The new Iran: all change or just more of the same?

Video footage captured by Syrian rebels suggests that Iran’s involvement in the Syrian conflict goes beyond sending advisors to assist Bashar al-Assad’s regime. The BBC reported on 30th October that the video shows the extent of Tehran’s assistance to the National Defense Force (NDF), a pro-Assad militia.

The new Iranian president, Hassan Rowhani, presents himself to the West as a moderate; elected largely because he promised change and relief from the effects of international sanctions which have crippled the country’s economy. The video shows that Iran’s policy toward Syria, however, remains unchanged. And Syria is only part of a larger story. Iran is engaged in a broader turf war in the Middle East and beyond—increasingly in Africa and Latin America. A new President but it’s the same old story: Rowhani has little power and even less incentive to change this course.

Diplomacy cannot succeed so long as the Iranian regime is driven by an ideology that, at its core, is in an existential conflict with liberal democratic values.

Anna Borshchevskaya

Western policymakers refer to Iran as a “regional power.” Yet Iranian politicians themselves increasingly refer to the Islamic Republic as a “pan-regional power” instead, implying a broader area of influence. Iranian officials continue to use media, aid and/or irregular forces to influence Bahrain, Lebanon, Iraq, and Afghanistan. Tehran has also reached out to many African countries, particularly those that vote in important international organisations, such as the U.N. Security Council, uranium-producing countries, and littoral states that can provide logistical support for the Iranian navy. Iranian officials have described Iran as an “extra-regional power,” – an even greater, though subtle, emphasis on Tehran’s ambitions outside the Middle East and beyond building a nuclear bomb.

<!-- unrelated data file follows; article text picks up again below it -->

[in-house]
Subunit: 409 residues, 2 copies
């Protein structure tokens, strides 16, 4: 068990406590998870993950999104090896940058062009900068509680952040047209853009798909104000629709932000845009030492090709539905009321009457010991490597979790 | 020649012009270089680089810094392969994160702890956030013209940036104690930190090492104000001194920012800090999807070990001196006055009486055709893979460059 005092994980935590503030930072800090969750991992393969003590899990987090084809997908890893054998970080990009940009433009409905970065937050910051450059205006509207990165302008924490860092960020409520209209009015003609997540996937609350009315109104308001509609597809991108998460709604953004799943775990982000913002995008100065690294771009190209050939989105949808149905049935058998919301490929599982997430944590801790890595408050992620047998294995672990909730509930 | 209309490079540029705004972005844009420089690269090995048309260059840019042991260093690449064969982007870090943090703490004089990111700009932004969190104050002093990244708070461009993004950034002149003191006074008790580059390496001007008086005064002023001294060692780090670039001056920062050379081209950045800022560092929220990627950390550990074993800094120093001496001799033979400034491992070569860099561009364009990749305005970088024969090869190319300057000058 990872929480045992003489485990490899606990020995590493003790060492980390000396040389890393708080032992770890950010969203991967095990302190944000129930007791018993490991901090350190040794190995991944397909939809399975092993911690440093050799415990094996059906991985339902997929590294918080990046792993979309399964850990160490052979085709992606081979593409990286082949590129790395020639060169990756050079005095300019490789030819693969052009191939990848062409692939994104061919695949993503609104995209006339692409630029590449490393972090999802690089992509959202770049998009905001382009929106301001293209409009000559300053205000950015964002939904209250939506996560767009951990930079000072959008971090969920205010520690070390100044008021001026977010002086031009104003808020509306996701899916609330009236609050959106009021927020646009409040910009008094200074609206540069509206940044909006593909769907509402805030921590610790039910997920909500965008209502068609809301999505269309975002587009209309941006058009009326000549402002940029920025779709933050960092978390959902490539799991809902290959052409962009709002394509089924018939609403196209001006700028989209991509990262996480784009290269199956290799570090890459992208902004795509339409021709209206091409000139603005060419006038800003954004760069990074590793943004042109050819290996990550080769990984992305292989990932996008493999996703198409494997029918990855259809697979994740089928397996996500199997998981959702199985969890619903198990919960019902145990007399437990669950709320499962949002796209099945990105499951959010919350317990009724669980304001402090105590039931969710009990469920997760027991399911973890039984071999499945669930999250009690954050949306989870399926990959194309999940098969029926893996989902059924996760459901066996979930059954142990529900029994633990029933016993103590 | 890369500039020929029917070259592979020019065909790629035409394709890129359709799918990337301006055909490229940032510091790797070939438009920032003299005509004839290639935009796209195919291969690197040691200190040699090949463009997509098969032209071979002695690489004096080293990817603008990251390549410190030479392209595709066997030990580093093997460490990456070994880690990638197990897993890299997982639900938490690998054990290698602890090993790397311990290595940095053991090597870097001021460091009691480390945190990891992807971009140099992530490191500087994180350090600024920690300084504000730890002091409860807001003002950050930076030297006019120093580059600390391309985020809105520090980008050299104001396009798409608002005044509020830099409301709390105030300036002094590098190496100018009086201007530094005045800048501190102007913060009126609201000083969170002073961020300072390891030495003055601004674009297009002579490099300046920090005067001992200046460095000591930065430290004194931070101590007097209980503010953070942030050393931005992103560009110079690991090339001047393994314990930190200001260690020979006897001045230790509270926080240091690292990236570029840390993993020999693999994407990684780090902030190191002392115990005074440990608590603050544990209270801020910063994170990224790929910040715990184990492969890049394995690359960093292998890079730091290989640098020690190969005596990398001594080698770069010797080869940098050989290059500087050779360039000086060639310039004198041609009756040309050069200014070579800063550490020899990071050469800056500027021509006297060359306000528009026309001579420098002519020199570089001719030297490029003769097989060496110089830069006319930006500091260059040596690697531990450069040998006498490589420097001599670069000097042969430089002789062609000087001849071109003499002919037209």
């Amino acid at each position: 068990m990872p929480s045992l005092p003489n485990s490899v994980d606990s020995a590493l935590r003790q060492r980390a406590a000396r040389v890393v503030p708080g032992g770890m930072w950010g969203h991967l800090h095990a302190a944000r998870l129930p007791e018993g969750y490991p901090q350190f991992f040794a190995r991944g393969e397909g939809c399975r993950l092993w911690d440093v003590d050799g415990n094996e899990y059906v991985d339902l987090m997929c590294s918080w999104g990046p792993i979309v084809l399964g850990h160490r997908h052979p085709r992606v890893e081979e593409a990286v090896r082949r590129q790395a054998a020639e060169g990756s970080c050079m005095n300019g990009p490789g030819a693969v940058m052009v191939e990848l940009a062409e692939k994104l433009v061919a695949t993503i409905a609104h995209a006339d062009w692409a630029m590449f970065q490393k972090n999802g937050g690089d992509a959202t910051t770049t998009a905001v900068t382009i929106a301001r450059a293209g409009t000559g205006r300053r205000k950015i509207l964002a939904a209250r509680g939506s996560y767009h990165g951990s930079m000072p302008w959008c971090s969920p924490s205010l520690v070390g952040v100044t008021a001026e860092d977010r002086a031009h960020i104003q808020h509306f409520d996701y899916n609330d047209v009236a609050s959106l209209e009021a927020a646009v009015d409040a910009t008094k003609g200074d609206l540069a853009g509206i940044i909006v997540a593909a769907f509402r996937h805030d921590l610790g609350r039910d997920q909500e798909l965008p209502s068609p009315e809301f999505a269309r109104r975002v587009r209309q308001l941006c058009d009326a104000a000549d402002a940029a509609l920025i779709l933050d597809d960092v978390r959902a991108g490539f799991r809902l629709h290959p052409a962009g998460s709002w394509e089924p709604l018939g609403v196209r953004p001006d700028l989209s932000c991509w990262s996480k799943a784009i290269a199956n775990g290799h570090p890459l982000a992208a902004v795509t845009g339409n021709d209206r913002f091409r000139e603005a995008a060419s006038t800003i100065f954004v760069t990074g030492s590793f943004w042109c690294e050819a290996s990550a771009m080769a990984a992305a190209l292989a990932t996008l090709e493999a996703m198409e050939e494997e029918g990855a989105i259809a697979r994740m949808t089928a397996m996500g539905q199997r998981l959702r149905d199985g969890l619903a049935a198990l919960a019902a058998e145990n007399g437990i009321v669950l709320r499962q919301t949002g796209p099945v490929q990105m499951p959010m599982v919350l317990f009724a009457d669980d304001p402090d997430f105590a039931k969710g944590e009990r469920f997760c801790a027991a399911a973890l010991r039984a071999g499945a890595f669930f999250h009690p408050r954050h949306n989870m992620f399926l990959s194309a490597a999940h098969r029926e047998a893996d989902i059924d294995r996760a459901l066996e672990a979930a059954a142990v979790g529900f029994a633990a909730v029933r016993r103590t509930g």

According to former FBI counter terrorism analyst Matthew Levitt, Hezbollah, a terrorist group founded and trained by Iran and still working in conjunction with the Islamic Republic, is currently investing in countries such as Nigeria, Sierra Leone, Gambia, Senegal and Cote d'Ivoire, to solidify its presence in the region. Levitt’s assessment additionally confirms that Tehran’s connection to Latin America is also growing and that Hezbollah’s role in drug trafficking is well documented. According to the U.S. Department of Justice in 2011, Tehran attempted to recruit a Mexican drug cartel to assassinate Adel al-Jubeir, the Saudi Ambassador to the United States. Iran and Venezuela for years have had a strategic alliance against Western “imperialism.” Roger Noriega, former U.S. Assistant Secretary of State for Western Hemisphere Affairs, has warned U.S. lawmakers and journalists in March 2013 that Iranian influence is only growing in Venezuela and that Iran’s proxy, Hezbollah, carries out terrorist attacks in the country, helping Tehran gain access to Venezuela’s financial sector and so circumvent Western sanctions.

A moderate course?